• The definition makes for difficult reading. But as we can see it is pegged on the use of what is termed as “proceeds of crime”. This phrase is separately defined to mean property that is obtained out of the commission of a crime “relating to a scheduled offence”. The schedule, in the law’s present iteration, contains an array of breaches under 30 different statutes. These range from specific of fences under the Indian Penal Code, 1860, such as murder, extortion and kidnapping, and offences under laws such as the Arms Act, 1959 and the Immoral Traffic (Prevention) Act, 1956, to more minor infractions under the Copyright Act, 1957, and the Trade Marks Act, 1999. The judgment in Vijay Madanlal Choudhary confirms what ought to have been obvious on a bare reading of the law: although the offence under the PMLA is separately prosecutable, unless the proceeds of crime relate to a “scheduled offence” or what is also described as a predicate of fence no case can be made out under the statute.
  • The dangers This finding, routine by itself, is perhaps the only silver lining in the judgment. The lawyer, Abhinav Sekhri, has already published a fineanaly sis on different aspects of the judgment, particularly on the unfounded conclusion that the PMLA is not a penal statute, but a suigeneris one, which means that the law can, according to the Court, overlook several constitutional safeguards, including the right against self-incrimination.
  • Although many of the conclusions in the judgment are tenuous, none is more striking, and more damaging, than its ruling upholding Section 45. This provision imposes twin conditions for bail. Apart from mandating that the prosecutor is allowed a hearing before bail is granted, the clause also requires the court to be satisfied that there are “reasonable grounds” for believing that the accused is not guilty of the offence and that he or she is not likely to commit any offence while on bail.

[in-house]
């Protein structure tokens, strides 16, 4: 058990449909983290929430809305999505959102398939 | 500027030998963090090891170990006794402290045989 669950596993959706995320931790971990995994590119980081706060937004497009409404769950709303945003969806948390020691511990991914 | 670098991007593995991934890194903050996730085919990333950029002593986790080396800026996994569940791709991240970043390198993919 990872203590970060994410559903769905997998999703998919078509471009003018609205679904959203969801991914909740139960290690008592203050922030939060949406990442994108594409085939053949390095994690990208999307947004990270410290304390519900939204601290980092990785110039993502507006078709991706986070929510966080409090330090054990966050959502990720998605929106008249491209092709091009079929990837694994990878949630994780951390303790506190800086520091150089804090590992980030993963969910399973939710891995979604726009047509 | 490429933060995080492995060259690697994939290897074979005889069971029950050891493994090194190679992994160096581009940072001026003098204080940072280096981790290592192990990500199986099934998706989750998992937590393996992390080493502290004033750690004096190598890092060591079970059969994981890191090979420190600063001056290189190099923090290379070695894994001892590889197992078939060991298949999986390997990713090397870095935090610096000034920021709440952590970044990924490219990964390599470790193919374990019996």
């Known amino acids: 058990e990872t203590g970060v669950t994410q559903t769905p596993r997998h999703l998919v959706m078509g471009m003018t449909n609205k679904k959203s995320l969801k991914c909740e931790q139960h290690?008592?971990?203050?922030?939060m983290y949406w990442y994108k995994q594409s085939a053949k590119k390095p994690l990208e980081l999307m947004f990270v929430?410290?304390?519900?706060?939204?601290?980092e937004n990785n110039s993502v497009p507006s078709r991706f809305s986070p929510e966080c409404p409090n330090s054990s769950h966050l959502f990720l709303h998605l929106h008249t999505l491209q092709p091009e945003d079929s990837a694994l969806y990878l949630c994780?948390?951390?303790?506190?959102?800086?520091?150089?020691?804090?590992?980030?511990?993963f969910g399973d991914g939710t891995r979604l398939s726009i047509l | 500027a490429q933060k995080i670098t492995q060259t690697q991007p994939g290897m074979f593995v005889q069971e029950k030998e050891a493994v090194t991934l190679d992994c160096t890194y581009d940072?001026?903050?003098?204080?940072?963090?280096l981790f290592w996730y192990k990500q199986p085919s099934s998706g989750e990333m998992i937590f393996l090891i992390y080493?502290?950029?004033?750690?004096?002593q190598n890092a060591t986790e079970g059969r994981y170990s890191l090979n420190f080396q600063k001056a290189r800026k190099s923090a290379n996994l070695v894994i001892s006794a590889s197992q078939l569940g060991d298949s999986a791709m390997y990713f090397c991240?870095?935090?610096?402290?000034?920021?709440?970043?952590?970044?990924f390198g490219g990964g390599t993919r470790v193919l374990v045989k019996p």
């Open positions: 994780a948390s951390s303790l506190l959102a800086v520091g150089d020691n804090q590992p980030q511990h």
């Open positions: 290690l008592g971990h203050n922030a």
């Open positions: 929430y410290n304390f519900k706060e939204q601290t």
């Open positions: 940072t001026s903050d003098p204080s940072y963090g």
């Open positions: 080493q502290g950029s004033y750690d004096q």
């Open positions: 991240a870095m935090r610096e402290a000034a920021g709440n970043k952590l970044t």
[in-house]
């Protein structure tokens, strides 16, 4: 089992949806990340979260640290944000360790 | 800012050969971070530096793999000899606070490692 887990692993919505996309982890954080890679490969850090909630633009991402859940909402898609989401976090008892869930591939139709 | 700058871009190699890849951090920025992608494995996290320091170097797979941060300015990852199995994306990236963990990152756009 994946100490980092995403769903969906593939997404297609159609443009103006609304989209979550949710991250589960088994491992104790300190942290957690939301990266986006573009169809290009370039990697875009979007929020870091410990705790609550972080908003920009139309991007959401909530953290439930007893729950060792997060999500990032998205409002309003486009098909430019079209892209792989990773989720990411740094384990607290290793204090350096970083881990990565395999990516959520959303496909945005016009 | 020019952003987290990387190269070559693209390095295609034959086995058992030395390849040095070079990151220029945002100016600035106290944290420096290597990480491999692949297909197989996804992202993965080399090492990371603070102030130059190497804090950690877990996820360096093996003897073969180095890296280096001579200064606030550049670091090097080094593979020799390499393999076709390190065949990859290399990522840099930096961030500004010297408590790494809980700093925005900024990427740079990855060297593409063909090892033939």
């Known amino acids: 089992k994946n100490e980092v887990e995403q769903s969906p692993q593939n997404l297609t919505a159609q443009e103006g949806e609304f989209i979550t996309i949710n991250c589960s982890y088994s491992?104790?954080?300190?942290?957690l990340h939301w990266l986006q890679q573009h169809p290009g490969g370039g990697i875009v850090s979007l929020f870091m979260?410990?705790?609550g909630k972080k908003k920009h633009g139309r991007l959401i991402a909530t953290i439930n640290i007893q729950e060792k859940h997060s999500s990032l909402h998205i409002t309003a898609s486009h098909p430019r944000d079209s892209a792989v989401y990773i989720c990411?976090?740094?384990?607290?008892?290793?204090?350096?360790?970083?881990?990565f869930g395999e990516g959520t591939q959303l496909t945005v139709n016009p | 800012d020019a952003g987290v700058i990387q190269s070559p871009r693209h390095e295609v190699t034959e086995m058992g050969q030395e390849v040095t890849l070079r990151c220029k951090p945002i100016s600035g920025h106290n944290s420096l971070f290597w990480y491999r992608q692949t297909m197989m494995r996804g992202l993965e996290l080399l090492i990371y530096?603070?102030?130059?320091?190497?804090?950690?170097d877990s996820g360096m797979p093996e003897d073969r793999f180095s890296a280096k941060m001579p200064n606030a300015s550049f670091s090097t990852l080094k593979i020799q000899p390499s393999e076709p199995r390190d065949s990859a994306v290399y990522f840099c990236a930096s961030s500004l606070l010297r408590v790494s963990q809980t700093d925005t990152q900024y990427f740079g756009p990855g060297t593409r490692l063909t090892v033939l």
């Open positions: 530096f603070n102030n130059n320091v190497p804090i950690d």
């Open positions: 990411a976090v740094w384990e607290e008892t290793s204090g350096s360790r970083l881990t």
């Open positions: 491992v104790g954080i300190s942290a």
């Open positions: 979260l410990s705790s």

• The twin requirement was mandated only for those cases where the predicate offence was viewed as more serious.
  • Parliament made, and imposed through Section 45 the twin condi tions for all offences under the PMLA. The petitioners in Vijay Madanlal Choudhary argued that the legislature could not have validly amended a law that had already been declared unconstitutional. The Court, however, held that the judgment in Nikesh Tarachand Shah did not obliterate the provision and that Parliament was entitled to revive the law by deleting its defects.
  • Test of proportionality
    • We are fast approaching the five year anniversary of the Supreme Court’s judgment in K.S. Puttaswa my vs Union of India. In it, a nine judge Bench declared the existence of a right to privacy. But the verdict turned momentous be cause it went beyond this other wise unremarkable declaration.
  • In theory, the Court had provided a road map for a jurisprudence grounded in ideas of justice, fairness, and due process. But the grand principles championed there in the abstract have failed to translate into genuine constitutional advancement. Instead, personal liberty has increasingly come to be seen as a pettifogging irrelevance.

India’s ‘wheat waiver’ WTO demand is risk-fraught

  • The PSH policy serves the twin objectives of offering remunerative prices to farmers and providing subsidised food to the underprivileged.
  • However, under WTO law, such price support-based procurement from farmers is counted as a trade distorting subsidy, and if given beyond the permissible limit, breaches WTO law. Currently, India has temporary relief due to a ‘peace clause’ which bars countries from bringing legal challenges against price support-based procurement for food security purposes. However, a permanent solution to this issue is still not in the offing.